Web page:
Through an interpreter, Héctor Herrera urged the Board to allow Missing Middle to give Hispanic residents more home-buying opportunities. He and his wife tried twice, unsuccessfully, to buy in 2010 and then in 2016, while working two jobs and even with the help of their adult children.
“Since I came to the U.S. — and I thank God for this wonderful country — I have worked this whole time in the construction industry in Arlington,” Herrera said. “I’ve seen how much it costs to build a house that costs more than $1 million. My community that represents 20% of Arlington cannot buy a house.”
Arlington County is offering residents free training on the anti-overdose drug Narcan.
The sessions are available as an hour-long online training course or an abridged, 10-minute training over the phone.
To help promote the trainings, County Board members will be trained on the use of Narcan at their meeting this afternoon, the county said in a press release.
Arlington has seen elevated levels of opioid overdoses in recent years, including a fatal overdose at Wakefield High School in January and a near-fatal teen overdose in a Ballston parking garage three weeks ago. The quick application of Narcan by first responders helped to save those who overdosed in the parking garage.
Rising overdoses among juveniles in particular have resulted in calls for more vigilance in schools and expanded local addiction treatment options. The string of student overdoses this year has also prompted action by Arlington Public Schools.
Nationally, the presence of the powerful synthetic opioid fentanyl in counterfeit street drugs has been blamed for a significant portion of deadly accidental overdoses.
More on the Narcan training in Arlington, below, from a county press release.
Arlington County is committed to reducing fatal overdoses in Arlington and offers multiple opportunities for community members to be trained in using the overdose-reversal drug Naloxone, also known as Narcan.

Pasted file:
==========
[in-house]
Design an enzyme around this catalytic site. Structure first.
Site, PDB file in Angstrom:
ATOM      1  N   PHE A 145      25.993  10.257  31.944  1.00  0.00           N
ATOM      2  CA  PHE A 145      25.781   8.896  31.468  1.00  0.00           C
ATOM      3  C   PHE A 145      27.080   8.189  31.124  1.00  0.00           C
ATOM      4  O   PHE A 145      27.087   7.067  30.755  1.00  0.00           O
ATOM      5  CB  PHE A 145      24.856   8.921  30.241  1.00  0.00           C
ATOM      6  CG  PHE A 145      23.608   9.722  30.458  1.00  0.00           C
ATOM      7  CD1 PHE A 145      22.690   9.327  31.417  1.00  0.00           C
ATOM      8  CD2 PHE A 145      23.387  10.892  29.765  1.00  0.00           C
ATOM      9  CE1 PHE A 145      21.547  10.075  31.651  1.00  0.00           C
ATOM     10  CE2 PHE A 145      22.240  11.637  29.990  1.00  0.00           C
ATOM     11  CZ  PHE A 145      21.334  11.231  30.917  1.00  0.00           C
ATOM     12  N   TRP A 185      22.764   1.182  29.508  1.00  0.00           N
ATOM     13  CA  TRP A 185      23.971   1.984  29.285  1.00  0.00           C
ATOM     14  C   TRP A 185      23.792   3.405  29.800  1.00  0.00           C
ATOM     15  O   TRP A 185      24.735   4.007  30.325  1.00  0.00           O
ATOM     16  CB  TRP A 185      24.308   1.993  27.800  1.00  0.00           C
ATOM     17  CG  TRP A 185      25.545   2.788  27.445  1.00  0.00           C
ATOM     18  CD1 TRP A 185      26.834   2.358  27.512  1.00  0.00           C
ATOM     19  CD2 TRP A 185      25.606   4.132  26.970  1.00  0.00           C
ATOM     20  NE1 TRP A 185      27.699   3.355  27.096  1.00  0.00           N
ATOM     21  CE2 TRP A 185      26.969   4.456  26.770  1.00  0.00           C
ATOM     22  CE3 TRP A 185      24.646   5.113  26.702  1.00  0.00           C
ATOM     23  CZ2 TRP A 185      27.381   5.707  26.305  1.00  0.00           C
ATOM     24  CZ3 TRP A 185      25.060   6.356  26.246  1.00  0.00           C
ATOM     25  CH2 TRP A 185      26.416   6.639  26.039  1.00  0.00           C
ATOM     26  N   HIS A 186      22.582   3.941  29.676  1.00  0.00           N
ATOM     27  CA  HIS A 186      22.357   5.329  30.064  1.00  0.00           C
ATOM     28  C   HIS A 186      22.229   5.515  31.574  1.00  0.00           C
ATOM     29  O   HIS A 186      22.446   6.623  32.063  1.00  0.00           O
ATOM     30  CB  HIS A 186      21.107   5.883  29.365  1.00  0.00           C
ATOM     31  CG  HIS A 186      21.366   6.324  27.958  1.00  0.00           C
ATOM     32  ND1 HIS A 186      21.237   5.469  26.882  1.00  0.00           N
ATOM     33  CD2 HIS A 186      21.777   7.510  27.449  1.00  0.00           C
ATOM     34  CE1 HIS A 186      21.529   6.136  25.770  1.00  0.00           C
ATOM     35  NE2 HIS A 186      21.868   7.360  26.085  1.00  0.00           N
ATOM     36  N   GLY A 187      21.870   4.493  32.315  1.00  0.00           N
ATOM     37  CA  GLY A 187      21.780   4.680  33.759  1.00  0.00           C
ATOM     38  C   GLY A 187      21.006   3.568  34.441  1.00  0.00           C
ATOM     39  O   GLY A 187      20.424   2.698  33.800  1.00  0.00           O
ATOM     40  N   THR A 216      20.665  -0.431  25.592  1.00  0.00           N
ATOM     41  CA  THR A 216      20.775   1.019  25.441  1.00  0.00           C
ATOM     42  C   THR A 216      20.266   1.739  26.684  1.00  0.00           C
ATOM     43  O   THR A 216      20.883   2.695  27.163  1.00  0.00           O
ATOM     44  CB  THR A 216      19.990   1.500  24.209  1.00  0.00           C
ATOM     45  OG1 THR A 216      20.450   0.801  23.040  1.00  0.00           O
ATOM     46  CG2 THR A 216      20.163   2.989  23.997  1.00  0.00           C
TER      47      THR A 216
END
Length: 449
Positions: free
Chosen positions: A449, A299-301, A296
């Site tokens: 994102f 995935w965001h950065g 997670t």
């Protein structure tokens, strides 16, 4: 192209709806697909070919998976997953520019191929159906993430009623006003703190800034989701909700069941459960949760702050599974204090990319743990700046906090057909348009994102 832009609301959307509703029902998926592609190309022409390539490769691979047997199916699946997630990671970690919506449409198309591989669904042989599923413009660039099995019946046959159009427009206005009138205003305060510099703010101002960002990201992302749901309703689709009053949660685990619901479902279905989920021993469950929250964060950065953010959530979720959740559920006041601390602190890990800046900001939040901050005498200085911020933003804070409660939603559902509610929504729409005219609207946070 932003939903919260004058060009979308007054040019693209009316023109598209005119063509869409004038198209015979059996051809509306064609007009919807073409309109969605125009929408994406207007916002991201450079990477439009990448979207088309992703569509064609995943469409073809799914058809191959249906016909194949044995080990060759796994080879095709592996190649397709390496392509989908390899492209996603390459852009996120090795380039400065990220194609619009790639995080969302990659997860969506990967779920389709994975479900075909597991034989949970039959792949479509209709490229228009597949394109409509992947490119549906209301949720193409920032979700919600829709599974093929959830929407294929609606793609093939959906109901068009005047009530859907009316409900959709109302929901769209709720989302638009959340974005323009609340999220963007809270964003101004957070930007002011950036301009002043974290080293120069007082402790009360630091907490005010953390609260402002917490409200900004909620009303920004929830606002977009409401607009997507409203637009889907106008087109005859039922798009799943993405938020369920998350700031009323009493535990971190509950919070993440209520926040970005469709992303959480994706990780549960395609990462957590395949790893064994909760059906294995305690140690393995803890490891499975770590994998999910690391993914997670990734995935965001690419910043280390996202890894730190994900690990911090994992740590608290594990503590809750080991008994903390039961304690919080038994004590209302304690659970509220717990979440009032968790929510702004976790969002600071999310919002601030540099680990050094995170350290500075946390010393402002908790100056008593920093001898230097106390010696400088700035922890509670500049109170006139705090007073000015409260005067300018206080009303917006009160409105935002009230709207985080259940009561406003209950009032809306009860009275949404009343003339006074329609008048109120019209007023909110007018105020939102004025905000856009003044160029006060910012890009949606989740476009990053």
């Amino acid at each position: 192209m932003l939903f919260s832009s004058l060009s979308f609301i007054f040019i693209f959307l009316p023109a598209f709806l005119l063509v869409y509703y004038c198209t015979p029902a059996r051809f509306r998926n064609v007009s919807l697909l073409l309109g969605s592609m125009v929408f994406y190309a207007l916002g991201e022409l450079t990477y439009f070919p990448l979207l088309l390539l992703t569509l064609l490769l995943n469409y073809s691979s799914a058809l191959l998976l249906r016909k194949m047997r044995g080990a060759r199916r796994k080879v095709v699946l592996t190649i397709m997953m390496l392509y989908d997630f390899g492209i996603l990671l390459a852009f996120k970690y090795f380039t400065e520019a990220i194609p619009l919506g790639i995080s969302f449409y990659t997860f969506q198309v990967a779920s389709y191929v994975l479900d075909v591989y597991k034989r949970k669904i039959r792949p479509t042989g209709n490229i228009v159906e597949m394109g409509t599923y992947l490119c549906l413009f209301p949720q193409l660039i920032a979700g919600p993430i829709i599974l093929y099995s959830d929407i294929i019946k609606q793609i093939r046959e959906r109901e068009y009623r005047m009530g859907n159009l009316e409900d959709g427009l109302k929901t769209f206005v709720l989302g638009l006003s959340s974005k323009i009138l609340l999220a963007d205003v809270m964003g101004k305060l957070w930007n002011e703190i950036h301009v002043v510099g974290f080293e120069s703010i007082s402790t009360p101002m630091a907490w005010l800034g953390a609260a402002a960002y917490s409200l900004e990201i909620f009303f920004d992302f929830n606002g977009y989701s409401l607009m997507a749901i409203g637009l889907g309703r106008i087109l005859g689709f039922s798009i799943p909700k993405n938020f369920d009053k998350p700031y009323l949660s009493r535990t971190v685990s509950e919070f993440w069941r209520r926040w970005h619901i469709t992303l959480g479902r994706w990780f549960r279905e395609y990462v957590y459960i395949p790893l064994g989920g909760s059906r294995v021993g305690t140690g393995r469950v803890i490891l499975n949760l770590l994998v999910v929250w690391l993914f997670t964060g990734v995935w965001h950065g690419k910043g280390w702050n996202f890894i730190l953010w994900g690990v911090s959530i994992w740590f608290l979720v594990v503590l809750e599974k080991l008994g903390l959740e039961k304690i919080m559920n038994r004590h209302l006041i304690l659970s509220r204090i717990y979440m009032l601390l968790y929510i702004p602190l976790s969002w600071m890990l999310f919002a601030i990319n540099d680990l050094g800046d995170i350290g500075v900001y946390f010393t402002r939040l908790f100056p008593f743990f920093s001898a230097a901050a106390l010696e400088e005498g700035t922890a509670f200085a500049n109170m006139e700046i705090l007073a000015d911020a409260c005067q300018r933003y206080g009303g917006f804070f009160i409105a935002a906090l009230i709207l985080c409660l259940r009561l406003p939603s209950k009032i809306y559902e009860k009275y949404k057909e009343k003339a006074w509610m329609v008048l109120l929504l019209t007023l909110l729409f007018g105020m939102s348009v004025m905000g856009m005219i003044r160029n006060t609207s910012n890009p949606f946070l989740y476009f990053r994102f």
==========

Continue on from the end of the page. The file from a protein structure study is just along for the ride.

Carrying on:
Narcan is a safe and effective medication that can reverse an overdose of opioids, including prescription painkillers, heroin, and/or fentanyl. If you or a loved one are experiencing addiction or are prescribed powerful narcotic painkillers, you should have Narcan on hand. You can find Narcan at your local pharmacy or via the County’s website on Overdose Reversal & Naloxone.
Members of the public can schedule free 1-hour virtual Narcan trainings, or a 10-minute abridged training over the phone, by emailing [email protected].
The Arlington County Board will receive this training from the Department of Human Services on administering Narcan at their Recessed Meeting on Tuesday, March 21, 2023.
The training highlights the importance of familiarity with Narcan and demonstrates the ease and accessibility of the County’s abridged 10-minute training. “I view this as a basic emergency response skill for everyone in our community, and we are looking forward to having Human Services join us on Tuesday to share just how quick and easy it is to receive training that can save someone’s life,” Arlington County Board Chair Christian Dorsey said.
The meeting can be viewed via the County website and YouTube, and is broadcast live on Arlington TV, the County’s cable channel, with live captioning on Comcast 25 & 1085 (HD) and Verizon FiOS 39 & 40. Videos of Board meetings are archived on the County website (with captions and staff reports) and on YouTube.
Update at 9:40 a.m. — The Saturday County Board meeting is underway and 248 people are signed up to speak about Missing Middle. The Board expects to hear speakers today and during its Tuesday meeting before deliberating and potentially voting on Wednesday, according to County Board Chair Christian Dorsey. The Wednesday meeting will start at 4 p.m.